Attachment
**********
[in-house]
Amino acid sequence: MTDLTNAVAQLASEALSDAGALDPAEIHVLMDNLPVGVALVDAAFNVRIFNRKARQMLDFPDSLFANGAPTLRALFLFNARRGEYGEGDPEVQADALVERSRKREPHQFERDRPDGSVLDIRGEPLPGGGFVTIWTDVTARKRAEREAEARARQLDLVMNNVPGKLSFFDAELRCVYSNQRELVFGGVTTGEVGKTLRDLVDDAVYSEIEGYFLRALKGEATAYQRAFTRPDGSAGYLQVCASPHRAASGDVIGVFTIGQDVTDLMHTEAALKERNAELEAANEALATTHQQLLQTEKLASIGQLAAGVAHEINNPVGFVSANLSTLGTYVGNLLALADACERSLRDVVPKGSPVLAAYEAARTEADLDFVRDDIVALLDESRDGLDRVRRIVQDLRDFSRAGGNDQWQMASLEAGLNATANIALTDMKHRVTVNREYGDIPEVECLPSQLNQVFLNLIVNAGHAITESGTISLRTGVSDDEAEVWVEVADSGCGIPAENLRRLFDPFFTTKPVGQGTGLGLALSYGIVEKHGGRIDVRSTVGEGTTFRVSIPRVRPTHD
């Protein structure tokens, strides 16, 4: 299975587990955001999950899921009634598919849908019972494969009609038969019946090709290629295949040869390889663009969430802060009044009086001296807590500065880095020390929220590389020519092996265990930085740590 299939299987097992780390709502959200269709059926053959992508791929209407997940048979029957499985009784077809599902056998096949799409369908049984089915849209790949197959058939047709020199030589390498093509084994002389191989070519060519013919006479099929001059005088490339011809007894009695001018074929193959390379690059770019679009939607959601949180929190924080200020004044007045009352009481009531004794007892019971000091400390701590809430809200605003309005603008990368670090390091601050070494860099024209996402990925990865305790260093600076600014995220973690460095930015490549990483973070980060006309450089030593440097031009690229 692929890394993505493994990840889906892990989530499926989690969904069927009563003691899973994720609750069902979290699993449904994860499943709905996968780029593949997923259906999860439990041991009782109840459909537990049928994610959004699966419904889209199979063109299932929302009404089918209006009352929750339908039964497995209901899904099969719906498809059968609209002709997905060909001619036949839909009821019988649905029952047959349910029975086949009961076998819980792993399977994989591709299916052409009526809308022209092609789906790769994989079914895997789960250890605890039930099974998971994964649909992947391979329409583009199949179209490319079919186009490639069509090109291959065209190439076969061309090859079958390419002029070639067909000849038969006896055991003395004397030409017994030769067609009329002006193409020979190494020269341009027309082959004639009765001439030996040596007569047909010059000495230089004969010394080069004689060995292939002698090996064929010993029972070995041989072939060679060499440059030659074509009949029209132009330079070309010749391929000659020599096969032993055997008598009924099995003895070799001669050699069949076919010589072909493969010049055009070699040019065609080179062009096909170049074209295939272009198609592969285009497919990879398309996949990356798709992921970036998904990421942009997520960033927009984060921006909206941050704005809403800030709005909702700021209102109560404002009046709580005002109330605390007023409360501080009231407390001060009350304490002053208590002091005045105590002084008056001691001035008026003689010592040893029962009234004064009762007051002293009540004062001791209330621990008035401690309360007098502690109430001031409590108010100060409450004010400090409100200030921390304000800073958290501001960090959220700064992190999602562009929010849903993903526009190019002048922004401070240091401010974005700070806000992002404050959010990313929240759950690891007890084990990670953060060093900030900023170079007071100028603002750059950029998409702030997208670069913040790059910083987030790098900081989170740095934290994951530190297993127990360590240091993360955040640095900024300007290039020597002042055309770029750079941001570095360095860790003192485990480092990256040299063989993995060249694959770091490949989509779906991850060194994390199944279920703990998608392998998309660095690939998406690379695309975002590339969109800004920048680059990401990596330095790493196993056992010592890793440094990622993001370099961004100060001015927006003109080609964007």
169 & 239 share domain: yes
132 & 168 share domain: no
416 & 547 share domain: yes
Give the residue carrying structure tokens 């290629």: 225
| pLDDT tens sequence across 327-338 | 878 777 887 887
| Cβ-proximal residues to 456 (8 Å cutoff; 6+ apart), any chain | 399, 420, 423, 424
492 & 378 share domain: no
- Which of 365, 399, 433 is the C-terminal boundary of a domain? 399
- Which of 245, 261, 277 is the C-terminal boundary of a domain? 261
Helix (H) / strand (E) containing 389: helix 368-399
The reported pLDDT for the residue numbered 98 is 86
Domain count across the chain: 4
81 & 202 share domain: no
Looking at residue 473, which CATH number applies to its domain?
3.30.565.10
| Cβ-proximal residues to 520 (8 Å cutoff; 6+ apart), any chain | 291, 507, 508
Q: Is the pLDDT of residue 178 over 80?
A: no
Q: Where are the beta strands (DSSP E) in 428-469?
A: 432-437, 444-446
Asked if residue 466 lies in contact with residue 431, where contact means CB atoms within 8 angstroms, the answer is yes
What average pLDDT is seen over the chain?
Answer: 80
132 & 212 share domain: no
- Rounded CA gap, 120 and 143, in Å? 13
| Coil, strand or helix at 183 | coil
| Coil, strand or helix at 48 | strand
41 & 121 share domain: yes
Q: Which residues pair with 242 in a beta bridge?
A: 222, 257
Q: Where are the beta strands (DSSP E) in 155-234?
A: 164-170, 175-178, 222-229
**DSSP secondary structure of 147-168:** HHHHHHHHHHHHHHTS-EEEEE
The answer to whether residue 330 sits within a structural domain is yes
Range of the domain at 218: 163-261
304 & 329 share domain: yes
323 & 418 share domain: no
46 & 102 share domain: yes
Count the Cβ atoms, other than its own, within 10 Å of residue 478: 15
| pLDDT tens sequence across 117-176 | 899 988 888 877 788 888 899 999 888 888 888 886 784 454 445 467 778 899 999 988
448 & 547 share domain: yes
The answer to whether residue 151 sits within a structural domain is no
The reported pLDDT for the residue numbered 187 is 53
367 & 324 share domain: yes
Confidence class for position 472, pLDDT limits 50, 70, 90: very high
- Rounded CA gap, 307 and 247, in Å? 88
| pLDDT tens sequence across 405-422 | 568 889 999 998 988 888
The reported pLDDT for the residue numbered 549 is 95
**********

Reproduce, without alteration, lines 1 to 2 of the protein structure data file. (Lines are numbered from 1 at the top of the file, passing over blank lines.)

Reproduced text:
[in-house]
Amino acid sequence: MTDLTNAVAQLASEALSDAGALDPAEIHVLMDNLPVGVALVDAAFNVRIFNRKARQMLDFPDSLFANGAPTLRALFLFNARRGEYGEGDPEVQADALVERSRKREPHQFERDRPDGSVLDIRGEPLPGGGFVTIWTDVTARKRAEREAEARARQLDLVMNNVPGKLSFFDAELRCVYSNQRELVFGGVTTGEVGKTLRDLVDDAVYSEIEGYFLRALKGEATAYQRAFTRPDGSAGYLQVCASPHRAASGDVIGVFTIGQDVTDLMHTEAALKERNAELEAANEALATTHQQLLQTEKLASIGQLAAGVAHEINNPVGFVSANLSTLGTYVGNLLALADACERSLRDVVPKGSPVLAAYEAARTEADLDFVRDDIVALLDESRDGLDRVRRIVQDLRDFSRAGGNDQWQMASLEAGLNATANIALTDMKHRVTVNREYGDIPEVECLPSQLNQVFLNLIVNAGHAITESGTISLRTGVSDDEAEVWVEVADSGCGIPAENLRRLFDPFFTTKPVGQGTGLGLALSYGIVEKHGGRIDVRSTVGEGTTFRVSIPRVRPTHD